Paula and Bobby
Parents of Lillie
46,XY Sex Reversal 3; SRXY3
What is 46,XY Sex Reversal 3; SRXY3?
46,XY Sex Reversal 3; SRXY3 is a rare disease. It is also known as 46,xy Gonadal Dysgenesis, Partial Or Complete, With Or Without Adrenal Failure 46,xy Sex Reversal, Partial Or Complete, Nr5a1-related Disorder Of Sex Development, 46,xy, Nr5a1-related Sex Reversal, Xy, With Or Without Adrenal Failure.
Domenice e al. (2016) described eleven patients with heterozygous NR5A1 mutations. Ten patients had 46,XY karyotype. Clinical features included atypical external genitalia (clitoromegaly in six patients, phallus in two patients, and one had female genitalia) and perineal hypospadias. Gonads were palpable in seven patients and mullerian ducts were present in three patients. Eight patients underwent genitoplasty and seven underwent gonadectomy (between 9 months and 15.5 years). Eight individuals were reared as female; one individual had changed the sex from female to male at the age of nine years. Postpubertal patients had elevated gonadotropin levels, mainly FSH. The remaining patient with 46,XX karyotype, had ambiguous genitalia with no palpable gonads, absent mullerian ducts, was reared as male, and underwent genitoplasty.
Colson et al. (2016) described a female with 46,XY who had virilization at puberty. She underwent surgery removal of both gonads, displaying dysgenetic testis with seminiferous tubules; in addition three accessory spleens were found. A heterozygous protein truncating mutation in NR5A1 was identified. The father was also affected and had asplenia and hypospadias.
Werner et al. (2017) described four 46,XY patients with disorder of sex development due to heterozygous mutations in the NR5A1 gene. Patient 1 had ambiguous genitalia with prominent labioscrotal folds, palpable gonads, micropenis and hypoplastic testicular gonads without Müllerian remnants. On histology, the gonads showed a neonatal testicular appearance with germ cells. Male gender was assigned and surgeries for reconstruction were performed. At puberty, testes were palpable and azoospermia was diagnosed. Patient 2 had ambiguous genitalia with rugated labioscrotal folds, partial labioscrotal fusion, and micropenis. Laboratory findings demonstrated abnormal gonadal androgen biosynthesis. A short urogenital sinus and absence of Müllerian duct derivatives were diagnosed. Two testis-like structures were found in inguinal canals but no epididymis and no ductus deferens were detected. The patient was raised as a female. Patient 3, raised as a male, had bifid scrotum, small phallus, chordae and scrotal hypospadias. Patient 4 (the sister of patient 3), had amenorrhea at 14.5 years, no pubic hair, no breast development, small uterus and small dysgenetic gonads. The patient had regular menses under estrogen replacement.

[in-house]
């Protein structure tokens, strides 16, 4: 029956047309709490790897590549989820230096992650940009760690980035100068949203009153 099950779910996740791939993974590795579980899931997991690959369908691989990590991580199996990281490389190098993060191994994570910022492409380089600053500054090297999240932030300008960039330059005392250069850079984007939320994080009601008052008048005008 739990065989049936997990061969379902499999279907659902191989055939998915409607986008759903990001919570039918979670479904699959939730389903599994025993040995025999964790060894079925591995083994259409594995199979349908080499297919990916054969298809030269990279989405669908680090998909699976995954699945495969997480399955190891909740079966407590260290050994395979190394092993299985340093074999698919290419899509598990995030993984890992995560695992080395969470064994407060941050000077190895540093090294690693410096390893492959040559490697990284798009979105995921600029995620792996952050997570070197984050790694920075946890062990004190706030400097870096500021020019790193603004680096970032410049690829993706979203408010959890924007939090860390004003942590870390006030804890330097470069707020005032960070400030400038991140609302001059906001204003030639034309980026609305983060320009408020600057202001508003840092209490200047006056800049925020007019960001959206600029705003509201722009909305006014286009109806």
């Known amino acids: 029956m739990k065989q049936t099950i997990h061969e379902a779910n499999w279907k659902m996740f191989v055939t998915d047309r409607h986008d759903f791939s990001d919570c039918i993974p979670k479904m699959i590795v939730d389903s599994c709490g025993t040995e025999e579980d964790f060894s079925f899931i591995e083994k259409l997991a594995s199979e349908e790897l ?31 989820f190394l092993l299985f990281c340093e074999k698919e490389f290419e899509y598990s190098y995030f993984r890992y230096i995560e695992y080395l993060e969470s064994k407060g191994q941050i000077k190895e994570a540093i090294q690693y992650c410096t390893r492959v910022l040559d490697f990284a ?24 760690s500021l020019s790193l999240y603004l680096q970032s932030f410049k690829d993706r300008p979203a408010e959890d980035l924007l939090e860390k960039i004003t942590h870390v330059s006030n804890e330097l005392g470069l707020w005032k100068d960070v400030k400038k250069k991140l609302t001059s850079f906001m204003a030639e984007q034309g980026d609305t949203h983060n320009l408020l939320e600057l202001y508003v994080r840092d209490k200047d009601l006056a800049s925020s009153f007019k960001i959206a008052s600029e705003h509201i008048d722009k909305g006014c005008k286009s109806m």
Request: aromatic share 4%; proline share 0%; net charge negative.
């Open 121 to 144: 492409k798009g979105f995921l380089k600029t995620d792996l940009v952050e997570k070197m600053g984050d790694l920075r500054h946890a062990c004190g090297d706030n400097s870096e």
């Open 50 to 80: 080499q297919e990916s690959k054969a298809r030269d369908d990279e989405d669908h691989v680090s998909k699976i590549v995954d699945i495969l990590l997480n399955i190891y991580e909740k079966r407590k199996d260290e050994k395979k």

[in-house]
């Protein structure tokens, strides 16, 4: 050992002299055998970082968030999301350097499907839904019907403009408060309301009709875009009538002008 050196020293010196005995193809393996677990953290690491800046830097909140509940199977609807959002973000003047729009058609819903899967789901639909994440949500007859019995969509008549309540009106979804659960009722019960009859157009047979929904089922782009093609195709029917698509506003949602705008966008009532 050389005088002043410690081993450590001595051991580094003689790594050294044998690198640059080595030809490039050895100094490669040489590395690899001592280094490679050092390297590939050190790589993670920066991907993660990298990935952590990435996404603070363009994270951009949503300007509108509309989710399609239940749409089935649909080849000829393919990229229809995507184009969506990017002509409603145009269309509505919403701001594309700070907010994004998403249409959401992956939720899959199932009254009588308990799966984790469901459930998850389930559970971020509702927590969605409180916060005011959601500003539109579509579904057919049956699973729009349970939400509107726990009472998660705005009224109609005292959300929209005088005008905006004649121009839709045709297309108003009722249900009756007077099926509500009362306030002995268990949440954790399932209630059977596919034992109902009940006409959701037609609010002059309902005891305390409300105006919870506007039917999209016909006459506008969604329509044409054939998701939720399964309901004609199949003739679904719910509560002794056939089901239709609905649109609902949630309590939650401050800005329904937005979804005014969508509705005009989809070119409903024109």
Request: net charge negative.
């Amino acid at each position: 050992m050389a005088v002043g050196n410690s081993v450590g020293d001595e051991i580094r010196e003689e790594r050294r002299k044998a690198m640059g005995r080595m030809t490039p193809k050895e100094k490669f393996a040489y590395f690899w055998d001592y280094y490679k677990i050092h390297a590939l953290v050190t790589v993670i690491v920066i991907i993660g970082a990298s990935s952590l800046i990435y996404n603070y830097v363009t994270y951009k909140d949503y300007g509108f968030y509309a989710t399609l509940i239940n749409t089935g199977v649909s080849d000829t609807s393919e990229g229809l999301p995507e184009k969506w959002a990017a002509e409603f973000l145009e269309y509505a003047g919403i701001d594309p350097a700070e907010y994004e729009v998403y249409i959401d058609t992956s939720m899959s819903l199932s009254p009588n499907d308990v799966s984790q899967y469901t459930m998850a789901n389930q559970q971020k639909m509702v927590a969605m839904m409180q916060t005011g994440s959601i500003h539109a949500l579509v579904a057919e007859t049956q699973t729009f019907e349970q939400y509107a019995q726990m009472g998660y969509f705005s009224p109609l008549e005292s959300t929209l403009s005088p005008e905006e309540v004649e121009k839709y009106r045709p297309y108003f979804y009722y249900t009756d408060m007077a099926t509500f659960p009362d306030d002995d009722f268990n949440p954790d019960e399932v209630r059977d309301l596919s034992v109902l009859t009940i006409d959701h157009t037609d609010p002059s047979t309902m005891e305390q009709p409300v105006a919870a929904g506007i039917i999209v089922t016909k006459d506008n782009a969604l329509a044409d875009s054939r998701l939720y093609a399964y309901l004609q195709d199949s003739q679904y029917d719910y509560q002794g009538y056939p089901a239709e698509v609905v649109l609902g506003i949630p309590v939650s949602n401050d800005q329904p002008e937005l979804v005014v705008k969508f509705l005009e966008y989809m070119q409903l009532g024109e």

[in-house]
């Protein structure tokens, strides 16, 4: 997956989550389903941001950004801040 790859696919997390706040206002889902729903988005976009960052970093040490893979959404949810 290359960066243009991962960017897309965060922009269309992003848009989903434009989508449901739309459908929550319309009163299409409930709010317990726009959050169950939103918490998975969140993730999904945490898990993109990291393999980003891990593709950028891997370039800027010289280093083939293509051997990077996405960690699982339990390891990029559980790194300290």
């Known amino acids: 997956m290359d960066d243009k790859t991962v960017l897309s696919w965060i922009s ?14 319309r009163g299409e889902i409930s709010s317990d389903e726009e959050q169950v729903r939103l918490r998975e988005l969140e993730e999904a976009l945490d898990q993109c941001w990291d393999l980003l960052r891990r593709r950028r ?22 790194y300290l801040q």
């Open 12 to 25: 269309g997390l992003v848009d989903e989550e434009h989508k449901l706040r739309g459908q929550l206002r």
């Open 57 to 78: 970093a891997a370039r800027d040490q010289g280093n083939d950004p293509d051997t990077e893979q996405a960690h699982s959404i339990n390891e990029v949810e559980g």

* This information is courtesy of the L M D.
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What gene changes cause 46,XY Sex Reversal 3; SRXY3?
The syndrome is inherited in the following inheritance pattern/s:
Autosomal Dominant - In the case of autosomal dominant inheritance, just one parent is the carrier of the gene mutation, and they have a 50% chance of passing it onto each of their children. Syndromes inherited in an autosomal dominant inheritance are caused by just one copy of the gene mutation.
In some cases, a genetic syndrome may be the result of a de-novo mutation and the first case in a family. In this case, this is a new gene mutation that occurs during the reproductive process.
OMIM Number - 612965 (please check the OMIM page for updated information)
The syndrome can be caused by mutations in the following gene/s location/s:
LHCGR - 2p16.3
NR5A1 - 9q33.3
CYP11A1 - 15q24.1
What are the main symptoms of 46,XY Sex Reversal 3; SRXY3?
The typical symptoms of the syndrome are:
Sex-limited autosomal dominant, Streaky metaphyseal sclerosis, Sex reversal, Gonadal dysgenesis
How does someone get tested for 46,XY Sex Reversal 3; SRXY3?
The initial testing for 46,XY Sex Reversal 3; SRXY3 can begin with facial genetic analysis screening, through the FDNA Telehealth telegenetics platform, which can identify the key markers of the syndrome and outline the type of genetic testing needed. A consultation with a genetic counselor and then a geneticist will follow.
Based on this clinical consultation with a geneticist, the different options for genetic testing will be shared and consent will be sought for further testing.
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